Microlaryngoscopy tube (MLT®)

Claas Siegmueller



A microlaryngoscopy tube (also generally called 'MLT', although this is a registered trademark) is in essence a pediatric-sized standard ETT with an adult length or an adult standard ETT with a pediatric-sized diameter, whichever way you want to look at it.

Size 5.0 MLT tube (top) versus same internal diameter 'standard' 5.0 pediatric tube (bottom)

'MLT' also stands for 'massively long tube'!

The MLT® comes in three sizes, 4.0, 5.0 and 6.0mm. The size 5.0mm tube is the most commonly used.

Comparing a 5.0 MLT® and a 5.0 'standard' pediatric endotracheal tube side by side, two other differences apart from the obvious one in length noticeable:

  • Different cuff size/ length: The MLT® has a cuff size/ length that would be typical for an adult-sized 'standard' ETT. A 'standard' pediatric 5.0 enndotracheal tube has a smaller cuff made for a pediatric-sized trachea (see picture below).
  • Distance of cuff from tube tip: In an MLT® the cuff is further away from the tube tip which is acceptable as the adult trachea is obviously longer than the pediatric one (see picture below).
Differences in cuff length/ size and distance from tip between MLT® and 'standard' pediatric ETT

For pediatric ET tubes the length of the cuff and the distance of the cuff from the tip matter, because tracheas of pediatric patients are shorter, so the risk of accidentally intubating a main bronchus is higher.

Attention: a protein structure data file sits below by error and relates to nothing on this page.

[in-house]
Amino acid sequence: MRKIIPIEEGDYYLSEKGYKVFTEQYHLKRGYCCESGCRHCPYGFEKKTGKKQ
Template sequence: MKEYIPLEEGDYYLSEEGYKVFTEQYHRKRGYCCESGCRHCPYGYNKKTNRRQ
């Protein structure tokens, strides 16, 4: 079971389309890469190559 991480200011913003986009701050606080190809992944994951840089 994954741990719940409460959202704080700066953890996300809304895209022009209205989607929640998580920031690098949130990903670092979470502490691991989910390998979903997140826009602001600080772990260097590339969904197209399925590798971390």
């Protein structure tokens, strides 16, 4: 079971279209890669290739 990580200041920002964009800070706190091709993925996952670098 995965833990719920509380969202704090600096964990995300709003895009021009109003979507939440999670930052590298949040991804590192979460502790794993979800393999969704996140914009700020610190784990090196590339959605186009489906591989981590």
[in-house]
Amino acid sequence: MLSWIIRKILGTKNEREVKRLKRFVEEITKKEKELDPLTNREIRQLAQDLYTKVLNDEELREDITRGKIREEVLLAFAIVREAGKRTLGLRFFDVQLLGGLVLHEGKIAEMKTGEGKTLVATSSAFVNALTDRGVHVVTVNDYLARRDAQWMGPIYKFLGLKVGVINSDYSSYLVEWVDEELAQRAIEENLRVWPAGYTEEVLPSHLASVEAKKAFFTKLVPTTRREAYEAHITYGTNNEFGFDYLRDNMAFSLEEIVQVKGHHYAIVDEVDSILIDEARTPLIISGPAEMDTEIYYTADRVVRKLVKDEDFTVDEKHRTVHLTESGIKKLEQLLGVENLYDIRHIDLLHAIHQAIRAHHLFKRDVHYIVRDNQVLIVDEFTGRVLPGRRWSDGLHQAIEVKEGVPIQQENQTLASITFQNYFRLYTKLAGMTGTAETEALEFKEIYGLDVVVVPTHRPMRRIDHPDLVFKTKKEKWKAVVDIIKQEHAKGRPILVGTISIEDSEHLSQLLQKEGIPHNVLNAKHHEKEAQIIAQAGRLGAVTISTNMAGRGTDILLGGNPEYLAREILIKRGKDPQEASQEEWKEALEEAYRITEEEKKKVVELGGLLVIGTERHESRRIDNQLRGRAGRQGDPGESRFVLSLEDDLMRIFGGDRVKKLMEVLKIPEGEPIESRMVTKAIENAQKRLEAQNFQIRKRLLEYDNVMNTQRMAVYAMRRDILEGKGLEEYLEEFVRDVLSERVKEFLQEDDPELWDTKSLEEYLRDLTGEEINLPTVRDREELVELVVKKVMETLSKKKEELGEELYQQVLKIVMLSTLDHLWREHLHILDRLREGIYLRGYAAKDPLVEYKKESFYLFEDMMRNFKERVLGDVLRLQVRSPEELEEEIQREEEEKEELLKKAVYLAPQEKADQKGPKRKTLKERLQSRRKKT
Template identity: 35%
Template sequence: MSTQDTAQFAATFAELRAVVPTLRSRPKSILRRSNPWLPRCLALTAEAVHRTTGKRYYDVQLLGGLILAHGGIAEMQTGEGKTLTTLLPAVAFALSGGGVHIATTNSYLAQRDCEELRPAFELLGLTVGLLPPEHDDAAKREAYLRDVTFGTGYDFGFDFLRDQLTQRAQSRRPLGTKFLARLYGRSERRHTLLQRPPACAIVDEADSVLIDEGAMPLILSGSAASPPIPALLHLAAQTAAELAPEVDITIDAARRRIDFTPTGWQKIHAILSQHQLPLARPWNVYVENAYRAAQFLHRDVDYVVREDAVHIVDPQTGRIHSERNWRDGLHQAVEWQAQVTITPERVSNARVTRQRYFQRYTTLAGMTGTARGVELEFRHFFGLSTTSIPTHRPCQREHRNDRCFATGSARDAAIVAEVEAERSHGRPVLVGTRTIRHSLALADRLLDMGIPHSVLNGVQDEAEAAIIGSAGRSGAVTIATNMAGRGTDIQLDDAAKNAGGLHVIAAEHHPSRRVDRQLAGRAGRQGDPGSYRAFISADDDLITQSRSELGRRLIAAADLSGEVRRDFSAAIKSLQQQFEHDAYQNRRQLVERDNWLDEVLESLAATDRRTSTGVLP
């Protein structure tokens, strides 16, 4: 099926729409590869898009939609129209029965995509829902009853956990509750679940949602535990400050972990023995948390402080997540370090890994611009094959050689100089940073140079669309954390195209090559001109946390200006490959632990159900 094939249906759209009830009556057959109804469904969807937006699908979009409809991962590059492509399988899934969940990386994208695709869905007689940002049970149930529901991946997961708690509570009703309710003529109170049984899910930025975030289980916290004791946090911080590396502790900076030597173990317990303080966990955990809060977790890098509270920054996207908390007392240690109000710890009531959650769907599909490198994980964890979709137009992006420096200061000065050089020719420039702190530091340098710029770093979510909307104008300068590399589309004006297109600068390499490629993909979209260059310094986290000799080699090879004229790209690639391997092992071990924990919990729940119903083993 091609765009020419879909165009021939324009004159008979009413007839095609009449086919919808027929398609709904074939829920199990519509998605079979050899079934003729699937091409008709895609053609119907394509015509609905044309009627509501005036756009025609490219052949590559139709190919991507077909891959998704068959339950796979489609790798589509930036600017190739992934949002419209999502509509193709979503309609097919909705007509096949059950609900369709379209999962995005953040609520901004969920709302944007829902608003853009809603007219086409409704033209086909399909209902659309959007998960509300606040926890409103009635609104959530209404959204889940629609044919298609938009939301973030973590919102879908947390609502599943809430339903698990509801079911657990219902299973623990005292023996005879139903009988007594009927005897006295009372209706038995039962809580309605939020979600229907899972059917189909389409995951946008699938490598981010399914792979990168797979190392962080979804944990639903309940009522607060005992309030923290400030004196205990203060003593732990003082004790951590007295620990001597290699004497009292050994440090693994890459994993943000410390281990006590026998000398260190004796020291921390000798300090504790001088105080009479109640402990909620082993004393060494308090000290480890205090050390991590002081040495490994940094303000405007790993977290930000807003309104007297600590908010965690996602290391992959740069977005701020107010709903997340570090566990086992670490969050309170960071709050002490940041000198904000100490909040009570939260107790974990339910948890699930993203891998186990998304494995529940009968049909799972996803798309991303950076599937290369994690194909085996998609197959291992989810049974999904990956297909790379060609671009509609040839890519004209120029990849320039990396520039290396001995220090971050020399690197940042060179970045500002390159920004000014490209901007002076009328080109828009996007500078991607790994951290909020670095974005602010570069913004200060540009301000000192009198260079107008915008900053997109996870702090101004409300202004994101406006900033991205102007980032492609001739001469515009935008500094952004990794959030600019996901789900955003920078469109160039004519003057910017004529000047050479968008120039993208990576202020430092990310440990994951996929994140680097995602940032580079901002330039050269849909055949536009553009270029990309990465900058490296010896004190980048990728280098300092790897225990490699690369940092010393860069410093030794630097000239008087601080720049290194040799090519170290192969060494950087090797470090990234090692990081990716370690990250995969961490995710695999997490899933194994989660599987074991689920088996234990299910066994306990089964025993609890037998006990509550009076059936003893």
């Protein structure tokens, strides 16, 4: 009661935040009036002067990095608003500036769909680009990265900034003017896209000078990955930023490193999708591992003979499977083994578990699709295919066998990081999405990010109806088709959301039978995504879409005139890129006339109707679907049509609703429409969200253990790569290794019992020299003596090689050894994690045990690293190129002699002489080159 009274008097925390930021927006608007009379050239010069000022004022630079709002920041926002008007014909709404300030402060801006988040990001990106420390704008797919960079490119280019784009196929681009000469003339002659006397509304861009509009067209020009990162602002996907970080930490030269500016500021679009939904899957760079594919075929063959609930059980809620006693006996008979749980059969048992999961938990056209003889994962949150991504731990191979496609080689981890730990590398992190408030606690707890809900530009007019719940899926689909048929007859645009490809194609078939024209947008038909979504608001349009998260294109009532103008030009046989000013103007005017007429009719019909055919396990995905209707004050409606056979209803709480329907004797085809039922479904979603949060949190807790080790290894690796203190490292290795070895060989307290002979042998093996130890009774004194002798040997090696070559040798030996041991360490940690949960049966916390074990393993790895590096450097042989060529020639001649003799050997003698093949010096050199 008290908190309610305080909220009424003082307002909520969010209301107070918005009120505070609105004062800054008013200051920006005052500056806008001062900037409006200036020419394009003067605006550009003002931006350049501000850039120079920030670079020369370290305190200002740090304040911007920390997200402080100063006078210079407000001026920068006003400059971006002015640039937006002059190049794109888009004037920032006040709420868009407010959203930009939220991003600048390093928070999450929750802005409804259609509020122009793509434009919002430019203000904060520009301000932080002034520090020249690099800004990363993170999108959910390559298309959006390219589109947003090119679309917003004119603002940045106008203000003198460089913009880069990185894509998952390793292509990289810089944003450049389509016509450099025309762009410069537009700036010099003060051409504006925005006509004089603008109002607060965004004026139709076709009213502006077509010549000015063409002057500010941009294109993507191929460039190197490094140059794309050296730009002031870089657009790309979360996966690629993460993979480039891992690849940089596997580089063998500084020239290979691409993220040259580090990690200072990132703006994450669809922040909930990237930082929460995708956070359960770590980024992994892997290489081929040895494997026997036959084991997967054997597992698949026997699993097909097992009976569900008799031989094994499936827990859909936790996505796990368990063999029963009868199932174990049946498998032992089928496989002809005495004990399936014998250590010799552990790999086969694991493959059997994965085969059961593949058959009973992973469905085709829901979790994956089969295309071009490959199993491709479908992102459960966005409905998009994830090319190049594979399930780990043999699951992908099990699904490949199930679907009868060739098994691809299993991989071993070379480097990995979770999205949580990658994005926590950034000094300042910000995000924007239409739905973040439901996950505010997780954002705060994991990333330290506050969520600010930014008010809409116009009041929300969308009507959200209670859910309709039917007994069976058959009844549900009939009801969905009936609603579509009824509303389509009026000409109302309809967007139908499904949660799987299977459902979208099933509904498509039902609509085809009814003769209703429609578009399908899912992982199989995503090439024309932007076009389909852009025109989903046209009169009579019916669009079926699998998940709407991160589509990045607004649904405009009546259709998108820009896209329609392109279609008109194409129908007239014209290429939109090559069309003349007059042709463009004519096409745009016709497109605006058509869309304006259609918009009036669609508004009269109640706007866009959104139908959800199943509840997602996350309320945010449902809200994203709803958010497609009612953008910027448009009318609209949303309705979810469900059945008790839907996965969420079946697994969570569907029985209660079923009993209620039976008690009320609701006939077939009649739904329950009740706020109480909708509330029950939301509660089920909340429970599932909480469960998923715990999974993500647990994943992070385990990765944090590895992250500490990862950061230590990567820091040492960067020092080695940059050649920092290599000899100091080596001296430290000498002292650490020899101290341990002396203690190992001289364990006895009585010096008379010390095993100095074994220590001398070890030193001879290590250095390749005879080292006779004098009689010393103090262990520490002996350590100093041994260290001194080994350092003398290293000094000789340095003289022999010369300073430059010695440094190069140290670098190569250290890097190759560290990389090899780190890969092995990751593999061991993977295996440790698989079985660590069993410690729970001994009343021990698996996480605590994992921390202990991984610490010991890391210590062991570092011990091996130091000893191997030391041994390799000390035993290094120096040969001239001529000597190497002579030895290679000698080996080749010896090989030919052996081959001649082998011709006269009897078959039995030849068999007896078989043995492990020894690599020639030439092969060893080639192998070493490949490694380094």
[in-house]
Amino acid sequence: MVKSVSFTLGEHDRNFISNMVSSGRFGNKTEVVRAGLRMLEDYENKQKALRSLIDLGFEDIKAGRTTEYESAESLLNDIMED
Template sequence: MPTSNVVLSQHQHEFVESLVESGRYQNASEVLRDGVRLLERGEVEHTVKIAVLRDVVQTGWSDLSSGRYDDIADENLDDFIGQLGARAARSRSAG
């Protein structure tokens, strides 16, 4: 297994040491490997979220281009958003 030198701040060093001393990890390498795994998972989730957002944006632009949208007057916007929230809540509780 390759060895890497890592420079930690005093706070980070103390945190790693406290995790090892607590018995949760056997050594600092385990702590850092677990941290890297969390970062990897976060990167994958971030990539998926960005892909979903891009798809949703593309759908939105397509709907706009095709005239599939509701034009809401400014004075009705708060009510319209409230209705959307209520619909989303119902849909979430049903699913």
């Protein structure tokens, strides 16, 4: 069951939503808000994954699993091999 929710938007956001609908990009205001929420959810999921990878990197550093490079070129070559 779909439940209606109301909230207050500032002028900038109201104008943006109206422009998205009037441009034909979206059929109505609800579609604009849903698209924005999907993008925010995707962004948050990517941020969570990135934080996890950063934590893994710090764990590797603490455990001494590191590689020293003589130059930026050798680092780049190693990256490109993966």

The size 5.0 MLT® will just about accomodate an adult stylet, the 4.0 one won't.


Microlaryngoscopy tubes are used, as the name suggests, in laryngeal surgery. Particularly in vocal chord surgery, the smaller diameter of these tubes allows the surgeon an easier view and access to the vocal chords and adjacent structures.


One thing to keep in mind when using ETTs of such small size in adults is the relatively high resistance to gas flow through these tubes, meaning that comparatively high airway pressures are required to deliver the desired tidal volumes. Airway pressure is significantly higher proximal to the tube where it is measures than in the alveoli. Similarly, gas flow is slow during expiration, meaning that lower I:E ratios are often necessary to allow for complete expiration.

Ventilation through an MLT: Note the high peak airway pressure and long expiratory time required.

This also means that patients do not breathe well unsupported through a MLT® under anesthesia. Try this out next time: Take a 5.0 MLT®, pinch your nose, seal your mounth around the connector, and breathe through the tube!